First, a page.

The SM circulators and isolators are designed to sustain a temperature rise of 475°F (~245°C) for 10 seconds allowing the utilization of standard reflow procedures during assembly. The usage of a PCB as a base for the ports makes them rigid and inherently coplanar. The SM circulators have a flat top allowing the use of pick-and-place techniques such as vacuum suction or magnetic attraction. The units are also available in tape and reel format.
The two basic models of isolators intended for low power applications, where the reverse power does not exceed 5 W, are shown in Figure 1. The model on the left has the termination attached to the PCB at the location of the third port. The plated-through holes located under the termination provide a thermal path to the bottom sink. This design incorporates the encapsulating cap. An option to this design is the isolator having the termination attached to one of the sidewalls of the housing. This model does not have a cap implying that the unit should not undergo an aqua wash treatment.
The new line of SM isolators includes high power devices that are capable of handling up to 80 W of reverse power. The basic construction is a metal plate with a high power termination attached to the end of the PCB (see Figure 2). The thickness of the metal plate equals the thickness of the user's PCB and it is assumed that the user mounts the PCB on a metal chassis. When the isolator is subjected to a high reverse power, the termination dissipates its heat to the metal plate, which is in thermal contact with the metal chassis. This way the temperature of the termination is maintained under 70°C.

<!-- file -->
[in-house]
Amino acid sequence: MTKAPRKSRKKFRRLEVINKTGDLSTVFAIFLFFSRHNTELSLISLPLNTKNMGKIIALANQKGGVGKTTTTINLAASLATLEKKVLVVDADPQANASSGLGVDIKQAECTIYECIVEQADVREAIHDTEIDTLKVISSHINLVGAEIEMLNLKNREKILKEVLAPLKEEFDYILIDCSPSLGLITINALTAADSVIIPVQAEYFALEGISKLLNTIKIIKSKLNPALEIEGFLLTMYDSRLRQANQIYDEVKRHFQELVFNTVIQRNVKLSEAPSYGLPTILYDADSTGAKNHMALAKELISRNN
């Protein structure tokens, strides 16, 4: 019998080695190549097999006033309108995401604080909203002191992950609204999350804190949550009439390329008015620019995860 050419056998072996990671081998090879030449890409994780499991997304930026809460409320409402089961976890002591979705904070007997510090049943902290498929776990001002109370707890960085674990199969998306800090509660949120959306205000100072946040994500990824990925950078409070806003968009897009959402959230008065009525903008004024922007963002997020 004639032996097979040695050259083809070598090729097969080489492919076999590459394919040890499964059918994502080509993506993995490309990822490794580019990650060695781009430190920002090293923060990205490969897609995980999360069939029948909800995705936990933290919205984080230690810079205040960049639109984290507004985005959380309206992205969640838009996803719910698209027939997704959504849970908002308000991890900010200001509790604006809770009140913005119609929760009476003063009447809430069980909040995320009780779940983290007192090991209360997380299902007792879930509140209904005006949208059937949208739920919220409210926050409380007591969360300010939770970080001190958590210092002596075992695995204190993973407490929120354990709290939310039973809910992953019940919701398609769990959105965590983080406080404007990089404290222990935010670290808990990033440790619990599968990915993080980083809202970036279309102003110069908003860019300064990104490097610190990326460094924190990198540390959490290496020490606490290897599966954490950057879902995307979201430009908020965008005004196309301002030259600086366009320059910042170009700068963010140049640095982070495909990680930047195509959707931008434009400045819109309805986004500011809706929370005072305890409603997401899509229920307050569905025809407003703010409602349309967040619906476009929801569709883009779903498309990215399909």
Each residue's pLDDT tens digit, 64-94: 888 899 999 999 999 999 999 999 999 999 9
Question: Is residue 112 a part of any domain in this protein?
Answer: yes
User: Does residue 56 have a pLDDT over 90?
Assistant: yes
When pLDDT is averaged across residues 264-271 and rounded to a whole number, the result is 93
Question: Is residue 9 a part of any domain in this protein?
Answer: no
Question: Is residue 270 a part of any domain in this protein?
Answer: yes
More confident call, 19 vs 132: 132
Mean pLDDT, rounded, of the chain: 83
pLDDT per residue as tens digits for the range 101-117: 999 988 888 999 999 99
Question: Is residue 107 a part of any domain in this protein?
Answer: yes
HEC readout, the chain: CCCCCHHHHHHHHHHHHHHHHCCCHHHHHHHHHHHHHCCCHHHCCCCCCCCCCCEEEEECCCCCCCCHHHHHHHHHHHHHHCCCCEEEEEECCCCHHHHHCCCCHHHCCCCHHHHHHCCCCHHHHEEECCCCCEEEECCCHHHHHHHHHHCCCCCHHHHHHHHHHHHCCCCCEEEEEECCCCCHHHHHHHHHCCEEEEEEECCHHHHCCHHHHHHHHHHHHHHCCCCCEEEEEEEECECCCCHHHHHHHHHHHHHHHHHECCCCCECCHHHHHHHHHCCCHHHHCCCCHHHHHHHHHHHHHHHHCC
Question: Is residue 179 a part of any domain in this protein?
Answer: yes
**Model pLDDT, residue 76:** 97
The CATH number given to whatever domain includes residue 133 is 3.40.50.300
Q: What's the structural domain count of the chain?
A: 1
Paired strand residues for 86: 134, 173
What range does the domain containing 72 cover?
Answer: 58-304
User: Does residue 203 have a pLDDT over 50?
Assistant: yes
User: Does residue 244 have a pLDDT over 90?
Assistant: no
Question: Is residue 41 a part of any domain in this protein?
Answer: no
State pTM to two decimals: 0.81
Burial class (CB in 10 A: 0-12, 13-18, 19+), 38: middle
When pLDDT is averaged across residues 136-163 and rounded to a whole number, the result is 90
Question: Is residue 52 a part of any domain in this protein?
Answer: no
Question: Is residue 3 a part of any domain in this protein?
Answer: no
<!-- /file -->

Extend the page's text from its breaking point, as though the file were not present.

The other SM products include a double-junction isolator developed applying the same conceptual approach as used in the low power units. In double-junction isolators two separate housings share a common PCB, which is shaped to have the contact points complying with the existing standards (see Figure 3 ). The terminations are attached to the sidewalls of the housings. Rated for 100 W of forward CW power, this double-junction circulator allows the dissipation of up to 5 W of reverse power. A similar model, with terminations attached to the metal plate, handles 80 W of reverse power.